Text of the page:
When my son wakes up in the morning, he immediately asks for two things. First, he needs his chart, a small white board with two strips of Velcro and tiny laminated pictures that he organizes with his morning routine. Second, he needs his “benscher book,” the once-beautiful-now-torn-and-chewed-and-duct-taped book of Jewish songs and prayers that we gave to guests at our wedding long before our son was a twinkle in my eye. He is attached to both of these items–they provide comfort and routine, a way to escape the chaos of our family’s typical morning rush.
As a parent of a child with disabilities, I might be able to leave it at that, as we have several tools throughout the day that help our son feel safer and more at ease. But I am starting to realize that my son’s attachment to his benscher book has much more meaning for him, and perhaps for me as well.
My son has Fragile X Syndrome, a genetic disorder that is linked to Autism and inherited intellectual disability. He is only 4, so despite my initial (and sometimes recurring) grief over his diagnosis, my husband and I are holding out hope that he might live a “normal” and fulfilling life. We still don’t know if he will drive a car, go to college, or get married, but for now we’re focusing on him learning the ABC’s.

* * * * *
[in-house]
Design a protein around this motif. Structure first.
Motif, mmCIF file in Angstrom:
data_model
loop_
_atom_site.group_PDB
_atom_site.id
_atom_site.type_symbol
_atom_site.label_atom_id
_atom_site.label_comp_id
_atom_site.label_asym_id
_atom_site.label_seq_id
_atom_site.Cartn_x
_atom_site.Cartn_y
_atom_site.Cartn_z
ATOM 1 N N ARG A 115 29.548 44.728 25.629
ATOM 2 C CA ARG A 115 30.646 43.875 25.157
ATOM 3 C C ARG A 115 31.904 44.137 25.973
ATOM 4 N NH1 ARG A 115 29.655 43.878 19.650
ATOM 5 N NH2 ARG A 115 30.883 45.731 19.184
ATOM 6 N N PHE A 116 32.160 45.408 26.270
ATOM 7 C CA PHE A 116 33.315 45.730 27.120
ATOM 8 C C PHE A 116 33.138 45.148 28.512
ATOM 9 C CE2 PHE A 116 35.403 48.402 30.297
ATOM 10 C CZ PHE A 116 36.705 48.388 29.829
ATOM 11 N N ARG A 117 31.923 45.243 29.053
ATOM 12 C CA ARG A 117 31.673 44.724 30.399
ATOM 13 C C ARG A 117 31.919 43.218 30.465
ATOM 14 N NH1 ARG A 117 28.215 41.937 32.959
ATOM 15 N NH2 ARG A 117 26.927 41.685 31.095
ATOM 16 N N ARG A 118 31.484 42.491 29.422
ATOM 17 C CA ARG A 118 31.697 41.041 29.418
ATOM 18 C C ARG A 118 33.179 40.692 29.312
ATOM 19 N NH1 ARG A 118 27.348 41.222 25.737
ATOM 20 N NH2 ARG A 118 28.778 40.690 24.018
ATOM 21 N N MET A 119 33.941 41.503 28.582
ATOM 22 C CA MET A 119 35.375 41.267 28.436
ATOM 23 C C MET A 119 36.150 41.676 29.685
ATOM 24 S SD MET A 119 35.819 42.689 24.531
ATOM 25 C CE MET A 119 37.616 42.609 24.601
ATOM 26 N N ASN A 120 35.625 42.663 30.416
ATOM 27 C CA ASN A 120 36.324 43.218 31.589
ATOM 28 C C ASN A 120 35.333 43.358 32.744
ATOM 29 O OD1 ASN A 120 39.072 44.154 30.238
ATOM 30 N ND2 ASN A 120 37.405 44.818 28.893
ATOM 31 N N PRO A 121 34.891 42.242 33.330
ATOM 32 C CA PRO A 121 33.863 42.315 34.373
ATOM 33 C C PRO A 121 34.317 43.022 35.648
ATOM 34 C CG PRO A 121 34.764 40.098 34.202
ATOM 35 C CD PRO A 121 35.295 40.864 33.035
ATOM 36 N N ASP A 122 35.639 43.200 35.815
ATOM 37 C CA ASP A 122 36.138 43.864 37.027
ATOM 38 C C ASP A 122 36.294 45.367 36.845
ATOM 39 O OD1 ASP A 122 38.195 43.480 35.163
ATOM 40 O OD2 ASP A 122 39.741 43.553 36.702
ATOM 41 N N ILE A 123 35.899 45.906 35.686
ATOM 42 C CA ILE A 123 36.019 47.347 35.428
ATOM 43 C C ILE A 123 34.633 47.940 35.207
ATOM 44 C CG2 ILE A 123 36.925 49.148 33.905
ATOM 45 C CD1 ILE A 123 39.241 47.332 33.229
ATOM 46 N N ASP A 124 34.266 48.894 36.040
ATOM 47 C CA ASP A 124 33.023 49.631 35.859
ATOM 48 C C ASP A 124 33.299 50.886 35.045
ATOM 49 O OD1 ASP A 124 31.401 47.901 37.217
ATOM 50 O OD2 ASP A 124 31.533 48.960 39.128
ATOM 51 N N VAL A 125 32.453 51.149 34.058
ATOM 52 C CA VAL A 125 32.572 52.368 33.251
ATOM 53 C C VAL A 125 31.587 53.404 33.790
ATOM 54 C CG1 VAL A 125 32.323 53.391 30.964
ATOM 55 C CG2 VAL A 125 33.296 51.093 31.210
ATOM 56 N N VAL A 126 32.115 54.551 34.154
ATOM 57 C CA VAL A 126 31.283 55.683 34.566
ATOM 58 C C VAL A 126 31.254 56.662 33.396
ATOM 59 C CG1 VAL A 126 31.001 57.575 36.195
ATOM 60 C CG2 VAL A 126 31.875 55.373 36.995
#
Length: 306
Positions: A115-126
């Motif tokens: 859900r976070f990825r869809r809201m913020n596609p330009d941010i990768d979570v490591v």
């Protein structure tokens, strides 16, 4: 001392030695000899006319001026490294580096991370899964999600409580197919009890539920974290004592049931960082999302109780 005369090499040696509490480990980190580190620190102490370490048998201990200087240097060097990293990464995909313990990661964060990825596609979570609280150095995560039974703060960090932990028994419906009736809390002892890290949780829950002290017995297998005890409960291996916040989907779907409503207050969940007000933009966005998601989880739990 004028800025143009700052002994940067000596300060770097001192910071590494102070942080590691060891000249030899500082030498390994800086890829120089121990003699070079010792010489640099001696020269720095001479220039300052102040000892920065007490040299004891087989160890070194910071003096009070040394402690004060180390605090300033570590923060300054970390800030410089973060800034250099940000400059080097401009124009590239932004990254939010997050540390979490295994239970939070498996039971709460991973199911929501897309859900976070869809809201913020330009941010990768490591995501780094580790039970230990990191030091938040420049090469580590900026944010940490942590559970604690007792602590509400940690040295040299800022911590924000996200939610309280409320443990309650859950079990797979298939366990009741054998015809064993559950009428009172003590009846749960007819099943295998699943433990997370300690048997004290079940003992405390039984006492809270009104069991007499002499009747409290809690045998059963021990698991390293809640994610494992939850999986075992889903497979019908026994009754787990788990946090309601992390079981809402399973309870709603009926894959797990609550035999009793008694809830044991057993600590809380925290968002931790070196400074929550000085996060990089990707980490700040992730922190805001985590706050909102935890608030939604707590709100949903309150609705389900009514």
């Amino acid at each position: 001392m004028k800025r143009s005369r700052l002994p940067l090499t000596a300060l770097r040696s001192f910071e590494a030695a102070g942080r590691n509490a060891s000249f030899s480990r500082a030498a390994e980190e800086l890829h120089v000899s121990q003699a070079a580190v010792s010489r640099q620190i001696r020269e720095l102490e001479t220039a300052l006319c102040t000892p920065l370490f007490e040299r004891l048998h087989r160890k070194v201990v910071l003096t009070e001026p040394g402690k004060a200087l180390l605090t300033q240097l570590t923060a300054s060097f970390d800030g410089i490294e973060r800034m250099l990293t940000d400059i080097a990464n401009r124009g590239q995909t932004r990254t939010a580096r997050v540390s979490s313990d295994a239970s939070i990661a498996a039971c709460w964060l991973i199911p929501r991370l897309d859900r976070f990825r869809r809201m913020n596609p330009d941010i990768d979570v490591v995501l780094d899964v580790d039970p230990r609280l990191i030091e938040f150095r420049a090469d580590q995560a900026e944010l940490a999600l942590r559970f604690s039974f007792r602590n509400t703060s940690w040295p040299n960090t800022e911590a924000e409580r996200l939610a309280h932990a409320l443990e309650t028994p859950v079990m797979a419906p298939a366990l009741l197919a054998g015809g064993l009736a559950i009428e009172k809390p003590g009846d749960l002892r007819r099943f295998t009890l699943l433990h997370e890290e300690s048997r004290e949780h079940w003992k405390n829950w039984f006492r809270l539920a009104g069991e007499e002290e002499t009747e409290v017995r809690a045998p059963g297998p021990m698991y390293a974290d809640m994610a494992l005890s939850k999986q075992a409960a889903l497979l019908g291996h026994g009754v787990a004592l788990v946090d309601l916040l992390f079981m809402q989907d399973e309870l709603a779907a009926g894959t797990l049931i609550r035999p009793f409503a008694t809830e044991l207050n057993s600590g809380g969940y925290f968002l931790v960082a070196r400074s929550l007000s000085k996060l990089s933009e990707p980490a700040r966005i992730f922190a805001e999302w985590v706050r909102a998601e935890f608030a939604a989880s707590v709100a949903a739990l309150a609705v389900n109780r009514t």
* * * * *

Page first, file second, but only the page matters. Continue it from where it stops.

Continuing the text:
There is one area, however, where my son has far surpassed his peers, and frankly, many adults: he loves to pray. He is so committed to his prayer routine that he davens from the minute he wakes up. He grabs the benscher book, usually begins with an announcement to his “congregation” (“Shabbat Shalom, page 26”), and then starts to daven. It is incredible to watch a 4-year-old with obvious learning, speech, and developmental delays, singing words and melodies of the Shabbat morning prayers. As he prays, he sings out loud, sways side-to-side, bows, smiles, and gallops around the house. He is so happy, so fulfilled. One can’t help but be swept up by his expression of faith; I find myself humming his tunes all day (which is both sweet and annoying, I’ll admit).
Our child’s commitment to prayer is helpful to him, and to us. For him, this has become a way to express something, though I am not yet sure what it is he is expressing. I know it has helped him feel more comfortable in our synagogue, and since I am one of the rabbis in the synagogue, perhaps it helps him feel closer to me, as he ascends the bima each Shabbat after services and emulates me by conducting his own service, with more bowing, praying, and of course, announcements.
For me, my little boy’s faith has helped to deepen mine. It is incredibly challenging to raise a child with disabilities–from physical stress to financial loss, from emotional pain to spiritual emptiness. My husband and I have experienced all of these challenges over the years since his diagnosis. We know these challenges will continue.
But my child’s praying, and his passion for Judaism, is contagious. He is literally reminding me every day to be grateful for our blessings, and to sing to God with gratitude, awareness, and passion. His faith has brought a little faith back for me, and that is truly an incredible gift.